Providing a unique environment for graduate training in experimental pathology...
This page provides a brief description of courses offered by the Molecular and Cellular Pathology Graduate Program, and the faculty of the Department of Pathology and Laboratory Medicine. Courses that are infrequently offered are not listed. A complete listing of courses offered by the Department of Pathology and Laboratory medicine can be found in the Graduate School Record, under Pathology.
Courses for Graduate Students and Advanced Undergraduates
PATH 128 Biology of Human Disease (Biology 008; 3 Hours)
This course presents an overview of basic human molecular and cellular biology in the setting of common human diseases. The course emphasizes how an understanding of disease mechanisms provides the knowledge base for informed use of modern health care. BA-level and General College-level natural science. Open to all undergraduates and graduates. No prerequisites. Offered Fall semester. Course Director: H.M. Reisner.
PATH 426 Biology of Blood Diseases (Biology 134; 3 Hours)
An introduction to the biology and pathophysiology of blood and the molecular mechanisms of some human diseases, including malignant neoplasms, anemias, hemophilias, thrombophilias, artheroschlerosis, and viral infections. Prerequisite: Biology 52 or permission of the instructor. Offered Fall semester. Course Director: F.C. Church.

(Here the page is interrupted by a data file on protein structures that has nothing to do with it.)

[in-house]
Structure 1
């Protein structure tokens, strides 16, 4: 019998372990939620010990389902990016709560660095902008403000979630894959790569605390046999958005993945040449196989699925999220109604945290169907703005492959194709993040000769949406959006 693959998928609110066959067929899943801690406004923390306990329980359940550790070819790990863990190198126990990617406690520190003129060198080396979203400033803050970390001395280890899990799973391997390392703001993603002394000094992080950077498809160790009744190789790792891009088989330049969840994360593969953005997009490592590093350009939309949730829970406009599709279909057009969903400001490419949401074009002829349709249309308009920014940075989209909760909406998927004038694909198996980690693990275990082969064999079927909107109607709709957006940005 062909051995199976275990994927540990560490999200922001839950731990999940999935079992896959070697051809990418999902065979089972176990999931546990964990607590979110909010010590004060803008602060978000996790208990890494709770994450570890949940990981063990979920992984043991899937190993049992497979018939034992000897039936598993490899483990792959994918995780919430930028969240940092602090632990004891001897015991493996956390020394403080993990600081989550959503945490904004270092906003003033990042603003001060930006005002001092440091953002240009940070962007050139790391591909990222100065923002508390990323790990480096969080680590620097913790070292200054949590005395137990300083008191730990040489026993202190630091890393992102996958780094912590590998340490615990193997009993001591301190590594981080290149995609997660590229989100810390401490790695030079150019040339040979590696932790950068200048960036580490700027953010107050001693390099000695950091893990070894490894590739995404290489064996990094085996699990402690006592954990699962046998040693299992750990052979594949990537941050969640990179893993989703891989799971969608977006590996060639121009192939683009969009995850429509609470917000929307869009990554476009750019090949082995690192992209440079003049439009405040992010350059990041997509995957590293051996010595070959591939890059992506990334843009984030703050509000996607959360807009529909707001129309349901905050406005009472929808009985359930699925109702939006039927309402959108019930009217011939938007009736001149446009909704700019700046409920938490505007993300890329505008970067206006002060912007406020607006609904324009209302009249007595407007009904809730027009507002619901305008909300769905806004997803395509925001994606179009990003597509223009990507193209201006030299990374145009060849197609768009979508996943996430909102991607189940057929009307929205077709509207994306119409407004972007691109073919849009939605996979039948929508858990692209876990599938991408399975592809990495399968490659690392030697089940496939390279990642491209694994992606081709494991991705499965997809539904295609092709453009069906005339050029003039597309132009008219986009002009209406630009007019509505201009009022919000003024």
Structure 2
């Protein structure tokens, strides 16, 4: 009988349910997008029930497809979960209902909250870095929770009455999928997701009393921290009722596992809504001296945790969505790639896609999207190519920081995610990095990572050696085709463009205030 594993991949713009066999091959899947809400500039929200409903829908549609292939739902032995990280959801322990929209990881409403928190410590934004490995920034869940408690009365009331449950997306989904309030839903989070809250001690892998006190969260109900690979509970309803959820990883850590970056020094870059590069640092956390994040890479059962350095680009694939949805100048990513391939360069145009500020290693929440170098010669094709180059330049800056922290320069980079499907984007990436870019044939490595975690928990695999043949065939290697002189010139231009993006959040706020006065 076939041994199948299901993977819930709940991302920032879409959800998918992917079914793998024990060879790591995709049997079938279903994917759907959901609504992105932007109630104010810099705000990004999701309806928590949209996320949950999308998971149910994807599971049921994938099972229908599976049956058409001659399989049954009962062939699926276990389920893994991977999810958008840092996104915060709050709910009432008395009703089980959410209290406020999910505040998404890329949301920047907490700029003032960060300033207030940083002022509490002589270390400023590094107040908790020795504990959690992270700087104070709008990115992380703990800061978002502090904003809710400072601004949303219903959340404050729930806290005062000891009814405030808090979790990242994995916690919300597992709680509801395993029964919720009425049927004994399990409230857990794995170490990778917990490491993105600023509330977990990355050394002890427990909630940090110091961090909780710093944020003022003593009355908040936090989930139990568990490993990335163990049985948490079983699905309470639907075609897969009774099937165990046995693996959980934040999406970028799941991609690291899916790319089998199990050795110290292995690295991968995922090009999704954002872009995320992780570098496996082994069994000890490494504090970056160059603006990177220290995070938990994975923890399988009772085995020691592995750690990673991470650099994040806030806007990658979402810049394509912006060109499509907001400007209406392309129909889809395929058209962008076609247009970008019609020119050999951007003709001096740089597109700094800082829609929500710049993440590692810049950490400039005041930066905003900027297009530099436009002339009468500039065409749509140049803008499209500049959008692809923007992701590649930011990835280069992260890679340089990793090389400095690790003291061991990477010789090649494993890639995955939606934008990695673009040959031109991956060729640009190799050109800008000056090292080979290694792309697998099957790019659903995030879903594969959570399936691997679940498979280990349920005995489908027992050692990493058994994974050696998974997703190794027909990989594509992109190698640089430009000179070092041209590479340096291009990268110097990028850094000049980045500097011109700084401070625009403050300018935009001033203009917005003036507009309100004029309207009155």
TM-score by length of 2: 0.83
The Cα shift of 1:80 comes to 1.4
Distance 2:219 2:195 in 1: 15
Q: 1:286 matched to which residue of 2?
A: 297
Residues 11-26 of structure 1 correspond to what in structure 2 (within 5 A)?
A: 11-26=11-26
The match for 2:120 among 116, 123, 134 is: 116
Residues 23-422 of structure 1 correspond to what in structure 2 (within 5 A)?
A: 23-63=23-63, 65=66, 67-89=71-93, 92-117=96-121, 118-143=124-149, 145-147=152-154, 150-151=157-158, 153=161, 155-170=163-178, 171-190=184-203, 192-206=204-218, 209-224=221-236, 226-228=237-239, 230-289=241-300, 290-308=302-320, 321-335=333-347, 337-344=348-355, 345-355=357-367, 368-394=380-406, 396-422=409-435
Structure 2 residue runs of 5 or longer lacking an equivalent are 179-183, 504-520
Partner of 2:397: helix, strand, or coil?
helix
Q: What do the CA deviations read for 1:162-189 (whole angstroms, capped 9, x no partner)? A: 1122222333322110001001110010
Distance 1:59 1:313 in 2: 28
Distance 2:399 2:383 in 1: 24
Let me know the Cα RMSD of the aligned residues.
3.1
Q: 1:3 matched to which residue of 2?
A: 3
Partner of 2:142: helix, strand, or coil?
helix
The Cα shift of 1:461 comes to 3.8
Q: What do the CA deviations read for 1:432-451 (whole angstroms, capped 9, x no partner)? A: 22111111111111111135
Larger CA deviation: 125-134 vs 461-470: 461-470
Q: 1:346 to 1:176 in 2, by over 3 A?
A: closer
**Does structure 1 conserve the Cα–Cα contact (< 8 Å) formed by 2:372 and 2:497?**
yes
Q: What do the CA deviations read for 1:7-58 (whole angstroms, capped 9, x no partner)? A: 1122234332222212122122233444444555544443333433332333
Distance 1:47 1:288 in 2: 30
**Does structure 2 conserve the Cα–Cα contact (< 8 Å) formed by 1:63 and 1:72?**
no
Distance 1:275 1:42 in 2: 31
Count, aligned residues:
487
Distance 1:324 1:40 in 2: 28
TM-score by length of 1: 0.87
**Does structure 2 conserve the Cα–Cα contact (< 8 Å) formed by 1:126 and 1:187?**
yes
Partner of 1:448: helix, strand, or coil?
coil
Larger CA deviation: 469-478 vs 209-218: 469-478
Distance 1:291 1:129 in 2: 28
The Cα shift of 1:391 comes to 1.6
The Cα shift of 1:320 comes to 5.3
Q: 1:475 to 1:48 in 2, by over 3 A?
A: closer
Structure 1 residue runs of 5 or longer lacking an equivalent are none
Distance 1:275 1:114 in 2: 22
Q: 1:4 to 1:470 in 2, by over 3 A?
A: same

PATH 462 Experimental Pathology (Hours, credits, and instructor to be arranged on an individual basis)
This course involves hands-on research experience in a predetermined instructor's laboratory. Students have the opportunity to learn and apply specific techniques, and to participate in investigations of molecular mechanisms responsible for disease processes (pathobiology). This course may be repeated for credit. Course Director: Staff.
PATH 464 Light Microscopy (3 Hours)
This course focuses on practical fundamentals of light microscopy, including optics, contrast mechanisms, fluorescence, laser scanning confocal microscopy, photography, and digital imaging. Prerequisite: Permission of instructor. Offered Spring semester. Course Director: C.R. Bagnell, Jr.
Courses for Graduate Students
PATH 667 Molecular and Cellular Biology of Cardiovascular Disease (3 Hours)
This advanced course will explore the underlying pathogenesis of clinical cardiac and vascular disease with the objective of teaching students to understand, investigate, and communicate current concepts of cardiovascular disease. Offered Spring semester. Course Directors: M.S. Willis and J.W. Homeister.
PATH 713 Mechanisms of Disease (3 Hours)
A graduate course on cell injury and pathogenesis of disease with emphasis on basic mechanisms at the molecular, cellular, and organismal levels. Prerequisite: None. Three hours lecture and 2.5 hours laboratory each week. Offered Fall semester. Course Directors: J.W. Homeister and A.S. Wolberg.
PATH 714 Mechanisms of Disease Laboratory (2 Hours)
A graduate laboratory course on cell injury and pathogenesis of disease featuring microscopic and gross pathology specimens. Prerequisite: Pathology 713. Can be taken concurrently with Pathology 713. Three hours laboratory each week. Offered Fall semester. Course Director: V.L. Godfrey.
PATH 715 Systemic Pathology (3 Hours)
A graduate course on the pathology and pathophysiology of disease with an emphasis on molecular and cellular mechanisms of disease in organ systems. Prerequisite: Pathology 713. Three hours lecture each week. Offered Spring semester. Course Director: W.B. Coleman.
PATH 716 Systemic PathologyLaboratory (2 Hours)